Almanac

News - October 20, 2010

Fatalities prompt probe of El Camino safety

by Dave Boyce

Plans are under way to try to improve the safety of El Camino Real as it passes through Atherton between Selby Lane and Valparaiso Avenue, a stretch of road that has seen two fatalities in the three weeks.

Honofre Mendoza, a 55-year-old homeless man, died Friday, Oct. 15, after being struck while crossing the road by a car just north of the intersection of Watkins Avenue at 6:15 in the morning, police said. The area where Mr. Mendoza was struck has no crosswalk.

A block away on Sept. 30, bicyclist Christopher Chandler was riding in an uncontrolled crosswalk — not associated with a stop sign or traffic light — when he was struck and killed where El Camino Real intersects with Isabella Avenue.

Atherton's police and public works departments and city manager's office are talking with the state Department of Transportation, which has jurisdiction over El Camino Real, "to identify any factors ... that need to be addressed in order to improve traffic safety," Lt. Joe Wade said in an Atherton Police Department bulletin published on Oct. 16.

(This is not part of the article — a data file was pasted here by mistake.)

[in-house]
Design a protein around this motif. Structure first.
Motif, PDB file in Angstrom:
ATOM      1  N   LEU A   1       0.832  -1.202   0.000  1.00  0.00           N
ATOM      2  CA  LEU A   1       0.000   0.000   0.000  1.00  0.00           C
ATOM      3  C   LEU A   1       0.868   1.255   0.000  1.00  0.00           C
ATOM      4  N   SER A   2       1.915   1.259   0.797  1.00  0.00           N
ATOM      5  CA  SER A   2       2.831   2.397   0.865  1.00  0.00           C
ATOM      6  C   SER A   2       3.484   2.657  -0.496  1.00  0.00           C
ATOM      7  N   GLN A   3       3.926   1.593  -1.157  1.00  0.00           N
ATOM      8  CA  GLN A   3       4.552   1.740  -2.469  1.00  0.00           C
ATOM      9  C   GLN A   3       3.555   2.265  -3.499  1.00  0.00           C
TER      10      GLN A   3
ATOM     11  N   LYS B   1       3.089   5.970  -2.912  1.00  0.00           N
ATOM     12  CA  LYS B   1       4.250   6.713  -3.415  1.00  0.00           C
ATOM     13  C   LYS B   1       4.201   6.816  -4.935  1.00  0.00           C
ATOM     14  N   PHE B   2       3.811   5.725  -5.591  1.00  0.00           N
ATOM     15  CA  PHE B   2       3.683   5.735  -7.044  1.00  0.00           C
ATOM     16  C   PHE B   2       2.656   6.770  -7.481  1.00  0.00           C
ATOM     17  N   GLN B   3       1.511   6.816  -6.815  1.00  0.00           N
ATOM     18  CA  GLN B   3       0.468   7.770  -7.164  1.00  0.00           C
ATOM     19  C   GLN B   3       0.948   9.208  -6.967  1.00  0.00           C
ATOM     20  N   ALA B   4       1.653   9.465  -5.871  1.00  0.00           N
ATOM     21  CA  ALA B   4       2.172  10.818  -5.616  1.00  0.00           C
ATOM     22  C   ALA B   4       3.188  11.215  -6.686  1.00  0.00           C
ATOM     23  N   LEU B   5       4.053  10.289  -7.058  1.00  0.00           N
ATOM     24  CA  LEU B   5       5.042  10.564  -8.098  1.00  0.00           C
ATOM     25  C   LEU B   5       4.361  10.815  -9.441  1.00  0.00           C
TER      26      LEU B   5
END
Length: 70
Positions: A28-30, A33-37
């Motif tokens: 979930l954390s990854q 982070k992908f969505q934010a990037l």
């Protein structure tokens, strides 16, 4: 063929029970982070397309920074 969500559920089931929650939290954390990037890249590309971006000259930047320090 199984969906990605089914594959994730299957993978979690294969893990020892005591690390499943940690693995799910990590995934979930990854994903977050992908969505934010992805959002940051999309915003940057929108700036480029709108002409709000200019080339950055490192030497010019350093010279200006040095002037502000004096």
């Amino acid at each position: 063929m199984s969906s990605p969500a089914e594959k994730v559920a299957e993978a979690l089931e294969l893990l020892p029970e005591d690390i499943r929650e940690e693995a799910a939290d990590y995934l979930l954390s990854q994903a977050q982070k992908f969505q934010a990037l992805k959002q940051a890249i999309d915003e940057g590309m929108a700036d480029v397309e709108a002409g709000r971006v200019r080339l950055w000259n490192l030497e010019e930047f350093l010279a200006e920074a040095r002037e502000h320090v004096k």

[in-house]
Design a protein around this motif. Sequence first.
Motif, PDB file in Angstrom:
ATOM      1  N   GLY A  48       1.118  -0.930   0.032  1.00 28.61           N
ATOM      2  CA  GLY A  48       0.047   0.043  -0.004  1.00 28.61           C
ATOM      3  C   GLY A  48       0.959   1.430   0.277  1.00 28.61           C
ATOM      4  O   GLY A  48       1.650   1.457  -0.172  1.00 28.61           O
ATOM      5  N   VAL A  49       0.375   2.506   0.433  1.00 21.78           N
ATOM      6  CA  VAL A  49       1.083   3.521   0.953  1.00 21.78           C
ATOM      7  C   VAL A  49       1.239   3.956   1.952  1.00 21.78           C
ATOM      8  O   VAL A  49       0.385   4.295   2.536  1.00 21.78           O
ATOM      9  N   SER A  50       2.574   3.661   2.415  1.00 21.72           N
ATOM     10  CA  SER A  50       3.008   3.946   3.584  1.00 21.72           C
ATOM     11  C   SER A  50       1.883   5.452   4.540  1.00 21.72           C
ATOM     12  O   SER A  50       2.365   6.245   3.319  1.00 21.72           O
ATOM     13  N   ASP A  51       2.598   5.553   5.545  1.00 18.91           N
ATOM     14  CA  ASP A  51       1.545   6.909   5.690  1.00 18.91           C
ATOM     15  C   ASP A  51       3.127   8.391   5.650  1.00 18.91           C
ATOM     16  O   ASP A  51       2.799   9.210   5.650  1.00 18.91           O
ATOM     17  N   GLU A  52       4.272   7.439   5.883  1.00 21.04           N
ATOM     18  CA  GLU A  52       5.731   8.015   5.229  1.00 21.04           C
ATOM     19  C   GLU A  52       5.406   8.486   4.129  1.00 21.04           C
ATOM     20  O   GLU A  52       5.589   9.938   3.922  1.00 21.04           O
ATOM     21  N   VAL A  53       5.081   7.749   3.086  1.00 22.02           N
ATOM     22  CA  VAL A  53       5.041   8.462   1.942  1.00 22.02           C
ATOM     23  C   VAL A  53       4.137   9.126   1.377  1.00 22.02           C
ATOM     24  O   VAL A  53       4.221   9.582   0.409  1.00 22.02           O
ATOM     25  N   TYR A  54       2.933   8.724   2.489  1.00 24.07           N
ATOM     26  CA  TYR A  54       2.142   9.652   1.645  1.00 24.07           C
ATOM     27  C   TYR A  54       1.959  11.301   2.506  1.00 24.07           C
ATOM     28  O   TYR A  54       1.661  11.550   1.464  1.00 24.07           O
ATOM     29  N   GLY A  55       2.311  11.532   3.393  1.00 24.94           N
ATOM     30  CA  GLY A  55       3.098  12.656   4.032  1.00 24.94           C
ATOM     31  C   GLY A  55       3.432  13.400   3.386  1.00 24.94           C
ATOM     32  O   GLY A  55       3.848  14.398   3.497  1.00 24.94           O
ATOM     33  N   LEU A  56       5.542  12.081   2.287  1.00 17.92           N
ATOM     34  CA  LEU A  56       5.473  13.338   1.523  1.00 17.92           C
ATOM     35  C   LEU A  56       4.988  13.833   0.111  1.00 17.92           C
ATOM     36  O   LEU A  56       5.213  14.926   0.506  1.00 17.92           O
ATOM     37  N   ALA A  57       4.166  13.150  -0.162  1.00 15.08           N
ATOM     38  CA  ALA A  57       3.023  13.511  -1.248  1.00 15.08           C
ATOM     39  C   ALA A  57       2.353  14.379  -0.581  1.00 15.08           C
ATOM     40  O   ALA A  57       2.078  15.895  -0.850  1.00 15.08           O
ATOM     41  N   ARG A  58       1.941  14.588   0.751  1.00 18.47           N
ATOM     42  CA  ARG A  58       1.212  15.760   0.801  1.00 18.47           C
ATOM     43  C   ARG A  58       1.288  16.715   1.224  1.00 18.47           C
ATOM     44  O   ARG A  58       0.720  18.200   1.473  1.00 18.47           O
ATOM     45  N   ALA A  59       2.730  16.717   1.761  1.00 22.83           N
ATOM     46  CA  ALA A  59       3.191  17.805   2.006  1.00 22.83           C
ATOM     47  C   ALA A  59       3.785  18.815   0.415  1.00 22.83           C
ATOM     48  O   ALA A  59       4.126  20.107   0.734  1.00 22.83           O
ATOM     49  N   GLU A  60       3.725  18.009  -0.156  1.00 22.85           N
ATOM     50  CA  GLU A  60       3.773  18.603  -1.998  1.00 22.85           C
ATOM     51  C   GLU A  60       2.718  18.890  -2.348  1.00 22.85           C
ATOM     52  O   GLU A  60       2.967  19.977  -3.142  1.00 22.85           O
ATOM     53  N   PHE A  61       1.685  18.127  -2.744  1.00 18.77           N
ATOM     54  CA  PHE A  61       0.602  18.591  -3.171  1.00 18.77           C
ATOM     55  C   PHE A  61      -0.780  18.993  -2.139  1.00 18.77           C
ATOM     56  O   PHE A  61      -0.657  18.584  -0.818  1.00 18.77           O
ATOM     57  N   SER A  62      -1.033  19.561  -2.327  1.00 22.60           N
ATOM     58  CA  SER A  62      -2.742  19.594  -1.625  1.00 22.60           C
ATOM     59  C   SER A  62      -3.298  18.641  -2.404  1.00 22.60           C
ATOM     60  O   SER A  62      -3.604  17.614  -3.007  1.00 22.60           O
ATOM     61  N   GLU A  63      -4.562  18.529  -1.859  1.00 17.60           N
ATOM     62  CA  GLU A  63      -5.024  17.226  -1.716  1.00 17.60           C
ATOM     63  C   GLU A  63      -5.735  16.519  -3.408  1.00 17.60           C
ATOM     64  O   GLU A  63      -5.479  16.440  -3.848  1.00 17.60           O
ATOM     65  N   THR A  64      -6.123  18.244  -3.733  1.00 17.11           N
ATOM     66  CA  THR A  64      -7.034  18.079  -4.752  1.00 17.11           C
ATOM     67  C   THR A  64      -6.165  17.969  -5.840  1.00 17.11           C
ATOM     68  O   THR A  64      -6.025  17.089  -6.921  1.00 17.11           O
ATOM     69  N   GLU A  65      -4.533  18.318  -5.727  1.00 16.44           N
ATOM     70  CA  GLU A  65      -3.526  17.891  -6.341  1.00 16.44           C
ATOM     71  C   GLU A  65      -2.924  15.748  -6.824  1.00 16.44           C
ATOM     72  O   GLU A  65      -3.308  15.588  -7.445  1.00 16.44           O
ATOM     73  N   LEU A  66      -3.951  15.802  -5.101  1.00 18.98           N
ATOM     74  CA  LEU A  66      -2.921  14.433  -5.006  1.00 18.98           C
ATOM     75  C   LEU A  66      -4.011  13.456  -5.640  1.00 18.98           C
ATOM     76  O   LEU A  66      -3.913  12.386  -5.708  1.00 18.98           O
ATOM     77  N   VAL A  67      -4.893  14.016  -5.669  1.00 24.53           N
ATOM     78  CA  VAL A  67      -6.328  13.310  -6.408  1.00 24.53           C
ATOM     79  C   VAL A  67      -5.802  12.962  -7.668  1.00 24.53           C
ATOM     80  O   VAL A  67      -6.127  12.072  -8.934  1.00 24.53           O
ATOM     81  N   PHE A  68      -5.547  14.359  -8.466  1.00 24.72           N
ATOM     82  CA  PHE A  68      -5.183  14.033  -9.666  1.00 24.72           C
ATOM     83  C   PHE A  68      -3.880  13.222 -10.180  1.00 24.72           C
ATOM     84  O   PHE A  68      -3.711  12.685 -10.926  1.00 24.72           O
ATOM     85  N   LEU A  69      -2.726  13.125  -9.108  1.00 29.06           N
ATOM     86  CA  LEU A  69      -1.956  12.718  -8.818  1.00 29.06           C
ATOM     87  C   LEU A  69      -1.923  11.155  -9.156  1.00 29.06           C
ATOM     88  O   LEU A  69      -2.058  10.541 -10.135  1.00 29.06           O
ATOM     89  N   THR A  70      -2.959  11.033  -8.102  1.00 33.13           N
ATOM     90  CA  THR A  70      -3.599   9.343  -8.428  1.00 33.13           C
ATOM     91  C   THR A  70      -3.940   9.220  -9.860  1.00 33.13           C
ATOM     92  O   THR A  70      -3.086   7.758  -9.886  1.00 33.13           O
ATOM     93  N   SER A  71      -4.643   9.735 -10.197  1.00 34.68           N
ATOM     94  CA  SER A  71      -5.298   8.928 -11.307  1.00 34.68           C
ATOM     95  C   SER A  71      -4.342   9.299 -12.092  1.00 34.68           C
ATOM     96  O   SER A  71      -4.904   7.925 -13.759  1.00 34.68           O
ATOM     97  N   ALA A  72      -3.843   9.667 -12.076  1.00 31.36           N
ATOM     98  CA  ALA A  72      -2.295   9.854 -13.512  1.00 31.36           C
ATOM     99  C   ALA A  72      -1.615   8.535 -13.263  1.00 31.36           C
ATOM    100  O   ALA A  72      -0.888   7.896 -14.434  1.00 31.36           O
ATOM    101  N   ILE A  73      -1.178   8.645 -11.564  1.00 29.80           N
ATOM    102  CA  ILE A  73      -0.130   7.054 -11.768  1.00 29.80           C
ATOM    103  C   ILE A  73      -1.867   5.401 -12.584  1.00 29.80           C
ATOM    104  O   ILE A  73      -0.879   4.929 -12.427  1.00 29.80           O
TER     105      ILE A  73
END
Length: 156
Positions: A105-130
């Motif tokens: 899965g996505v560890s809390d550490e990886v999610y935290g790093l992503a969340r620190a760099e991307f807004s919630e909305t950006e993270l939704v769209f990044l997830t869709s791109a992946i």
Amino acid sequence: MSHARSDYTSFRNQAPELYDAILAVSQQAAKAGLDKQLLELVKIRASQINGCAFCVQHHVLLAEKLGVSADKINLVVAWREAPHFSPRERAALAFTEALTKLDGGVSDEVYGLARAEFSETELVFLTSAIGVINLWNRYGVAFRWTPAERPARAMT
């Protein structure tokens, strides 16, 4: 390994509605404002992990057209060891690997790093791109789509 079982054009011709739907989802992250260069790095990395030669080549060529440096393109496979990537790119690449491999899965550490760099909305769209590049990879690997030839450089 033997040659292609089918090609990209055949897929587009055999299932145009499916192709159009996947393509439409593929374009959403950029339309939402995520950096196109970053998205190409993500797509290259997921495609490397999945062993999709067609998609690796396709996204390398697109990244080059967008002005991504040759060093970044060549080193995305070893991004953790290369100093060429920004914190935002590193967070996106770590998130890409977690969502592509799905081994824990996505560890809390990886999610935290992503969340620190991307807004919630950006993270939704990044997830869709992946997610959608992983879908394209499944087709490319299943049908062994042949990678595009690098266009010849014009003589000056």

For its part, starting on Monday, Oct. 18, the police department boosted traffic patrols in the area and will have officers visiting Atherton schools to talk about pedestrian and bicycle safety, Lt. Wade said.

Mr. Mendoza, though homeless, was a familiar presence in Atherton and known to the police. "It was not out of place for him to be there," Lt. Wade said, adding that the roadsides of El Camino are popular with homeless people traveling between Redwood City and Menlo Park.

Mr. Mendoza's companion crossing the street with him was not injured and, as the only witness, was interviewed by police, Lt. Wade said.

The driver of the Toyota Camry that struck Mr. Mendoza is a 44-year-old man and Atherton resident who had been traveling alone and who volunteered to be tested for drug or alcohol abuse, Lt. Wade said. Test results were negative, he said.

Police closed traffic on El Camino for four hours in the southbound direction and three hours northbound while investigating and recording evidence at what had been designated as a crime scene.

"That's what we classify it as when we have a fatality," Lt. Wade said. "Just to make sure that all the evidence is preserved as best as possible."

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